March 21, 2018

Focusing on Pleasure and Your Relationship with You


During the month of February I invited you into a daily practice of loving you ~ discovering ways to love you and treat you well. This month we’ll focus on your erotic relationship with you. So many women tell me that their sexual life wasn’t all that great before cancer came into the picture, and that now it hardly seems worth the effort.

Eroticism is much more than sex, at least sex that’s defined as penetrative genital sex, or intercourse. Eroticism encompasses more than libido, desire and intercourse. It involves the mind, the physical senses and being tuned in to the energy that’s all around us

The wiring can get crossed with cancer in the mix. As our bodies change during and after treatment, self esteem and acceptance can plummet. When we feel unattractive, we feel neither sexy nor desirable. We can pressure ourselves to get back into the swing of things sexually and ignore what our body is telling us in an attempt to feel like we did before. It’s complicated!

Dr. Meredith Chivers, a noted psychology professor at Queen’s University in Kingston, Ontario who specializes in female sexuality, indicates just how complex desire can be. In her own words, Dr. Chivers found that, “Women are apparently disassociated from their bodies and have greater difficulty than men in connecting their own erotic responses to what they are actually feeling or desiring.” In other words, women’s genitals and brains operate on different tracks when it comes to sexuality.

Let’s look through the lens of eroticism and see what it takes to come back to association with our bodies and brains and to experience erotic pleasure. Sound good? This may feel like risky territory ~ I hope this is new ground and that it inspires you even if it’s a bit uncomfortable. Here we go!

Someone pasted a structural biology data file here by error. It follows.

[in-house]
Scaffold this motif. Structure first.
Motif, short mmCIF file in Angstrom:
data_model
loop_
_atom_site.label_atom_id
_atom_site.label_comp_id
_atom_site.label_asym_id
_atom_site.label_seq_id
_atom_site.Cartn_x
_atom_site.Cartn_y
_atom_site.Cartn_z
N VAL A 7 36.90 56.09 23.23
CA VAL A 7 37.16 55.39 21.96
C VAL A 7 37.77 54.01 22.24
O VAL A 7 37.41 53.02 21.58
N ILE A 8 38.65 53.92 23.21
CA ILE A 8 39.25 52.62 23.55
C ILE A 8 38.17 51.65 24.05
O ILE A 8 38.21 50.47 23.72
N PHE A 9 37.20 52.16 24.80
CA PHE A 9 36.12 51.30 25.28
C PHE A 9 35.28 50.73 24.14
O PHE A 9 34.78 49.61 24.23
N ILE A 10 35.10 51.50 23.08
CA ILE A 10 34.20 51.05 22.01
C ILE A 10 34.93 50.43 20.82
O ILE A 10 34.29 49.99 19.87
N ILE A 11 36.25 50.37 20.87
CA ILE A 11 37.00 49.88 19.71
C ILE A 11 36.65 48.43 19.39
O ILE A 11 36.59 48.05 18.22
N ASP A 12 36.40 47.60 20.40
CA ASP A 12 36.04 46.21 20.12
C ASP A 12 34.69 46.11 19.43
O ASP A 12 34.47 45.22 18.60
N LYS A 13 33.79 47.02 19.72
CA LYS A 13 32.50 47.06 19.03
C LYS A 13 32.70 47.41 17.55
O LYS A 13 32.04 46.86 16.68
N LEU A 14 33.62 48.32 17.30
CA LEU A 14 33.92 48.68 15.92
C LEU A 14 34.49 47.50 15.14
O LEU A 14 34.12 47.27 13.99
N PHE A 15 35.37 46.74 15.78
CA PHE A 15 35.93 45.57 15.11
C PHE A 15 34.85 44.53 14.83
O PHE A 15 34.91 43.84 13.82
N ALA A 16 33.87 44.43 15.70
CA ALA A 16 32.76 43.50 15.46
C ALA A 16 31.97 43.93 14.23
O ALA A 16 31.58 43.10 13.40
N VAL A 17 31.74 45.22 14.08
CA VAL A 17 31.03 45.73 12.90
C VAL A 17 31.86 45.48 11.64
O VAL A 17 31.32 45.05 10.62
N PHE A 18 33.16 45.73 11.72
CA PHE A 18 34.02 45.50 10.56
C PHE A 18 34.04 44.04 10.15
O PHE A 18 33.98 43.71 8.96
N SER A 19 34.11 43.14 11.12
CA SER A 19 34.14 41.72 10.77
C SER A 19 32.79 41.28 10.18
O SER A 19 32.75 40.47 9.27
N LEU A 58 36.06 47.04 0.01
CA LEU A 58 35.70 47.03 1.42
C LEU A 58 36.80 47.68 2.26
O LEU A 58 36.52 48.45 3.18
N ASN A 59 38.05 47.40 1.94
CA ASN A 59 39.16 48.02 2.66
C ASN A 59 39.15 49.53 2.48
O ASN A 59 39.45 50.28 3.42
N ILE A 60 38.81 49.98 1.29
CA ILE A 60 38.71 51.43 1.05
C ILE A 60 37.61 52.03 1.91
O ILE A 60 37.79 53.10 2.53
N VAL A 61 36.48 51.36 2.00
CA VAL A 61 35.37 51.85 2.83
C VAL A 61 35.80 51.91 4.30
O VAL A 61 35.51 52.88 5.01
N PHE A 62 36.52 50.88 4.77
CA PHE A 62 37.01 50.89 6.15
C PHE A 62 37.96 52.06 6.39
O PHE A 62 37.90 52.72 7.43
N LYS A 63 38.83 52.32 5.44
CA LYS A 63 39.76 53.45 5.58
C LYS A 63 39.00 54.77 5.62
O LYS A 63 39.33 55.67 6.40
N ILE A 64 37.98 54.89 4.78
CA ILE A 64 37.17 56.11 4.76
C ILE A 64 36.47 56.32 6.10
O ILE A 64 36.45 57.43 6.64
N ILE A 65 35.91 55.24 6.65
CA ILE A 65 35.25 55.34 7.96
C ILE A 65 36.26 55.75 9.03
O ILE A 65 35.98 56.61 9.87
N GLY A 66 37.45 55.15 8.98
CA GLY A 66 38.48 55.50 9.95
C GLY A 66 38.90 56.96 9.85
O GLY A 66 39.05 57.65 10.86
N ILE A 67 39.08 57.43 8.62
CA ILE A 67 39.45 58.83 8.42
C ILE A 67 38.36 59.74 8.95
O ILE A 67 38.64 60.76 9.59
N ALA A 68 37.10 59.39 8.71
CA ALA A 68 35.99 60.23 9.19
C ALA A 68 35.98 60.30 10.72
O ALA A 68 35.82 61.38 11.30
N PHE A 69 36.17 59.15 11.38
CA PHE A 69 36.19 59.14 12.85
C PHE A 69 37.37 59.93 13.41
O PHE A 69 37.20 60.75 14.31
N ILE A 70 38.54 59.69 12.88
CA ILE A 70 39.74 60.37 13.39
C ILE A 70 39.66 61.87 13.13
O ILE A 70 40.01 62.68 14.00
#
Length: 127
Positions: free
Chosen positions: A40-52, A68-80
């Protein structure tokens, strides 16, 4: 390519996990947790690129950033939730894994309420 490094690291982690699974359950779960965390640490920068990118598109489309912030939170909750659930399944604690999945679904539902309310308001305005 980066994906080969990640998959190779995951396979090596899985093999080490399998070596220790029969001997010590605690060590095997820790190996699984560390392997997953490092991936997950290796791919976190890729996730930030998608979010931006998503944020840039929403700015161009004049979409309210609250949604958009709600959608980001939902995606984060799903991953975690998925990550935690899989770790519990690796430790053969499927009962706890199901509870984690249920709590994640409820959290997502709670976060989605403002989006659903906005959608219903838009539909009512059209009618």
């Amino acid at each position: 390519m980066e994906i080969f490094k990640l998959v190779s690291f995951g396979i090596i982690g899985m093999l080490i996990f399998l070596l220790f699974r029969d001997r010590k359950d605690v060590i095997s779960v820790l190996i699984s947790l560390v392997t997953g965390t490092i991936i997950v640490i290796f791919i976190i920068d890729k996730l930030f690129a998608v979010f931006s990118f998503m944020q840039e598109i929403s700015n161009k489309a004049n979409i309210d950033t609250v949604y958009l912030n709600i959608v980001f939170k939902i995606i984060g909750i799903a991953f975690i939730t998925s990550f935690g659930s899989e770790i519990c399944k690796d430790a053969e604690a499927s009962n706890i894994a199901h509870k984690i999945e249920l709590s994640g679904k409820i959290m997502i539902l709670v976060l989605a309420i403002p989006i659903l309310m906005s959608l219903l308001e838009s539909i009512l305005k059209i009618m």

The root of the word “erotic” is Eros, which is Greek for desire, specifically that which can inspire sexual desire. It also has to do with the contemplation of the aesthetics of sexual desire, sensuality and romantic love.  This quality can be found in any art form including painting, sculpture, photography, drama, dance, music, literature or film.

Stop and think about erotic art, and what is sensual to you? Do Georgia O’Keeffe’s paintings evoke erotic thoughts or feelings in you? Her bold images of flowers, which are the genitals of a plant, are filled with lush colors and shapes, curves and sensual flows. Or do other artists evoke erotic thoughts or feelings in you?

This week, spend some time with various art forms ~ go to a museum or a film, listen to music, read some literature, whatever appeals to you. Make it a point to experiment with different forms of art to notice, which appeal to you the most.  Let yourself be moved, or not, by these experiences and what begins to move inside you.

Pleasure involves all of our senses and it may not come directly from what we typically think of as sexual. Let your senses open and experience in new ways this week. And please share your experiences with us so that we can all be erotically inspired.

© 2014 by Barbara Musser, Sexy After Cancer.
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This blog is not meant to serve as medical advice of any kind. Any questions about your health and sexuality should be directed to a licensed physician or therapist. Any opinions expressed are solely those of the writer.